A wind travels from the northwest, pushing the chimes to play a subtle tune, leafs turning in the breeze their chorus, rustling between notes. This is the poetry of silence, the kind you fold into fours and place into your breast pocket.
It's a necessary background that unearths memories from my distant past. Ones that make me turn around and look, to smile and to grieve. It makes my age visible to those who've never met me, no need for a photograph. My dreams never fully realized, and with that I must make peace.
Current technology makes life easier, less cluttered. But where is the beauty in easy? I ask myself this, and more so today as I felt inner conflict rear its adorable head. Where do I fit in? How can I? My truth based on experience misunderstood by the young bloods - innocence lost.
Their way is so much better, they say, hardly requiring any skill at all. Why keep music CD's holed up in your closet when an IPod handles infinite music? And before CD's people would say, "Why are you hanging on to vinyl when you can play music in your car on a cassette?" And so on and so forth.
But there was something to be said for listening to "Stairway to Heaven" on a turntable, a tiny needle hissing, revealing that even a spec of dust has a voice.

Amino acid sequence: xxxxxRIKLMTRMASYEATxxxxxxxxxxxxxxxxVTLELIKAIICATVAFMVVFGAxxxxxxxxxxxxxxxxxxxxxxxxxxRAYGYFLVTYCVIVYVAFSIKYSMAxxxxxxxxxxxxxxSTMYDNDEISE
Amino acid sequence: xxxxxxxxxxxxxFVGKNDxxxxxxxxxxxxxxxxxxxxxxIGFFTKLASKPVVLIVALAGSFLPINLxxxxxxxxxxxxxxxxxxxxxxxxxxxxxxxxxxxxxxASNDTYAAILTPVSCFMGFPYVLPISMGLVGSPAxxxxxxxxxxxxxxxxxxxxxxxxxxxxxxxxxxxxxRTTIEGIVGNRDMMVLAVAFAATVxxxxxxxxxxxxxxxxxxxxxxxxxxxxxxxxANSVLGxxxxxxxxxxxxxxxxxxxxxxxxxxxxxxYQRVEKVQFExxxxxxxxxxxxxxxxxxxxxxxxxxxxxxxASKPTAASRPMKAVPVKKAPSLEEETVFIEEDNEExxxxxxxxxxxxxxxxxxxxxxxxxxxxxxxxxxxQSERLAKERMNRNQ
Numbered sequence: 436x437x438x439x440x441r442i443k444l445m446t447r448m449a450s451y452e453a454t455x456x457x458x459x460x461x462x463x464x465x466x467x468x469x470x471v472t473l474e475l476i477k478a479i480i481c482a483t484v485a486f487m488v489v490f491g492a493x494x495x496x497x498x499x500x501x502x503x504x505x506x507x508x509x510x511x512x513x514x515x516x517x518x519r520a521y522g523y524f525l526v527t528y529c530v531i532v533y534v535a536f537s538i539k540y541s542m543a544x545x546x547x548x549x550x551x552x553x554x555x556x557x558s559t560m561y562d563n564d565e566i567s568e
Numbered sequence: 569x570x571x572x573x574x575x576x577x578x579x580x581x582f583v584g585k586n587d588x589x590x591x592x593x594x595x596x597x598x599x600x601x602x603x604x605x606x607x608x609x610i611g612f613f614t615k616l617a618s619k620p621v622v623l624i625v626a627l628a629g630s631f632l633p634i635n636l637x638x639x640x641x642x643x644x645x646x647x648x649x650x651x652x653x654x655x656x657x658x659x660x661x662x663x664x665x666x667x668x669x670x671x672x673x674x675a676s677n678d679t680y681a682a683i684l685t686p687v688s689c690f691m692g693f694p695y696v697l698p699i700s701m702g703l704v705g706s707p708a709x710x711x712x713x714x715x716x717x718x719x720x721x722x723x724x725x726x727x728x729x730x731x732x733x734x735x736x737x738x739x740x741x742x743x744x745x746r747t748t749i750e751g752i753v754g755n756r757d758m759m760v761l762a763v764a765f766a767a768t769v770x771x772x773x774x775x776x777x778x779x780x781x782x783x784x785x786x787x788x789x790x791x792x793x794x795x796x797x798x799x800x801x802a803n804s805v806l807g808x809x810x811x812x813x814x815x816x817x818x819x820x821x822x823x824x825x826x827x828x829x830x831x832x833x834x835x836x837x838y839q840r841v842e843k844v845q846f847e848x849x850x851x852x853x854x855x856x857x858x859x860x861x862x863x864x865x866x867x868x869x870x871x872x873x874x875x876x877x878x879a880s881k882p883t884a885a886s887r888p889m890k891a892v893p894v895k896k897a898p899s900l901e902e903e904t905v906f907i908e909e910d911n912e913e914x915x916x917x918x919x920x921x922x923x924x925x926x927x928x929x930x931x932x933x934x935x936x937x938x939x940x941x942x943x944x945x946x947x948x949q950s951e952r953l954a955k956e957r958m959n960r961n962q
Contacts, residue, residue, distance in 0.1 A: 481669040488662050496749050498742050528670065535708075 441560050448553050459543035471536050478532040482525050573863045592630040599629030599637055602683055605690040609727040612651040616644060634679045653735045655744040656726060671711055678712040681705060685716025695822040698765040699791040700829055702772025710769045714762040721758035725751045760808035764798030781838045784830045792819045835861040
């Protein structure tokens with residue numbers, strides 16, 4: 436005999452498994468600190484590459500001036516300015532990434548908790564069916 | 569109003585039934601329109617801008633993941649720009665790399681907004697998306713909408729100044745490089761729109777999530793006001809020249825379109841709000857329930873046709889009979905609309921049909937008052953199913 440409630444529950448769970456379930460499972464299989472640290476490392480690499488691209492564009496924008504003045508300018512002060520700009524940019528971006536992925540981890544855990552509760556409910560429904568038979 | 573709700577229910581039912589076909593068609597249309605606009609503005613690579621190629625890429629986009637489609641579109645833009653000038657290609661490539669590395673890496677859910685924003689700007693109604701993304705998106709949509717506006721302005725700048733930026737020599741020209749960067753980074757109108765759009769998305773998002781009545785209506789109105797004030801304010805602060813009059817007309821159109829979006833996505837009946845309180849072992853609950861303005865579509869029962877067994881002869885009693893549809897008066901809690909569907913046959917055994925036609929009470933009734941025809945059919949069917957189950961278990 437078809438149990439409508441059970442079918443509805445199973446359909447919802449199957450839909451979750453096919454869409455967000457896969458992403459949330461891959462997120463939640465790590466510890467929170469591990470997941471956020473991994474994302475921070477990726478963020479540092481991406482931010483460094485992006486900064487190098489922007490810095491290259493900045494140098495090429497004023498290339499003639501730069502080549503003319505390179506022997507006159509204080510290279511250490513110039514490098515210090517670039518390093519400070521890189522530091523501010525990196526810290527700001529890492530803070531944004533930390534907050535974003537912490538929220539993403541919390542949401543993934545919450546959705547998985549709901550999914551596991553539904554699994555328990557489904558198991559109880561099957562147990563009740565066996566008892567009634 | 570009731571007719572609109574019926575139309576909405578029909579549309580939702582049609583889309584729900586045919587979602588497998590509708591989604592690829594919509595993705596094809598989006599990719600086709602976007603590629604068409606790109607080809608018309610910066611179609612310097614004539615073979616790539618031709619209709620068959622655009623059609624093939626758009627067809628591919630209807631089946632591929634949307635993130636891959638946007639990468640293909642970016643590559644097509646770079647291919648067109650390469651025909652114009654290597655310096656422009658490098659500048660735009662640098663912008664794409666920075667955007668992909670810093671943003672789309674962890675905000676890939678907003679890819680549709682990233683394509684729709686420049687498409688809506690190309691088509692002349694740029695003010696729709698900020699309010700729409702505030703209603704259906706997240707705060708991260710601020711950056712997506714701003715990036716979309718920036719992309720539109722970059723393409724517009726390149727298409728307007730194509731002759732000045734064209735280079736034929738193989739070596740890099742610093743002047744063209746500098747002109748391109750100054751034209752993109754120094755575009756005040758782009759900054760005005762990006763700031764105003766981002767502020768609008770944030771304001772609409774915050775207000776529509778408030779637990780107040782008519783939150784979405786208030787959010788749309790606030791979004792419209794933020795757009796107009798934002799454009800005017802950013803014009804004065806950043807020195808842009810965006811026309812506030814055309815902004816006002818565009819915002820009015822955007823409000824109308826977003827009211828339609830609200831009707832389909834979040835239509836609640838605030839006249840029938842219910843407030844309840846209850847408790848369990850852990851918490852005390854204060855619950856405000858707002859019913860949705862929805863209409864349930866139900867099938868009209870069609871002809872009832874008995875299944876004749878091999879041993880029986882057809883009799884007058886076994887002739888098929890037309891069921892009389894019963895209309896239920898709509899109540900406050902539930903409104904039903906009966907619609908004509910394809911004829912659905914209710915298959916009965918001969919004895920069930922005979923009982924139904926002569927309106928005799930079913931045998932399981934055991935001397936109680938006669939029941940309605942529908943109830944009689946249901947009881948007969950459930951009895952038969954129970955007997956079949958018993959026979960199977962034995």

Paper books? Growing up, that's all there was. Walks to the public library because Mom said it's better to read than watch television. Television. Three channels to choose from, all in black and white. Off I'd go to the library, my dog following at my heels. Inside I'd scan the spines, head titled, always in the new release section, sometimes not. Thirty minutes later I'd check out, walk down the steps to find my dog waiting right where I left her.
Curl up in a chair with book in lap, or stretch out beneath a shade tree, book balanced on bent knees, that was part of the experience. Flip the page, look at the date stamps, wonder about who wrote in those margins. Wonder about the author's path. Sitting beneath a lamp, roll a fresh piece of paper into the typewriter. Or write it longhand first, like Dickens or Alcott. Mistake free or several start overs. Tears spilled on ink.
Technology. Computer age. Spell check. Digital press.
My first job I worked in the local J.C. Penney. Manual cash registers. I learned to make change. Count back the bills and coin. Simple task that utilized gray matter. Mistake free. Onward to adulthood I went, jobs in law firms. Typing briefs, summons and complaints. Fifty-five words or more per minute, mistake free. No computer, but an IBM Selectric typewriter, which at the time was the new wave of technology. Still, no mistakes. Spell check - a dictionary a standard book on every secretary's desk.
Gray matter exercise.
So today I reflected on all of that and wondered about my three completed manuscripts. How I could cut, copy and past passages, or delete them entirely. Imagine Steinbeck looking down at all of that? Still, my heart-dream was to see my work in print. I hoped that it would sit on a library shelf and be plucked out, taken home and spent with a human curled up in a chair, the television gathering dust in the corner.
Memories serve a necessary peace.
I was fortunate to have lived in simpler times, every minute a poetic passage. My dream of seeing my work in print lost in the new technological wave, I have found solace in the fact that I lived my personal truth.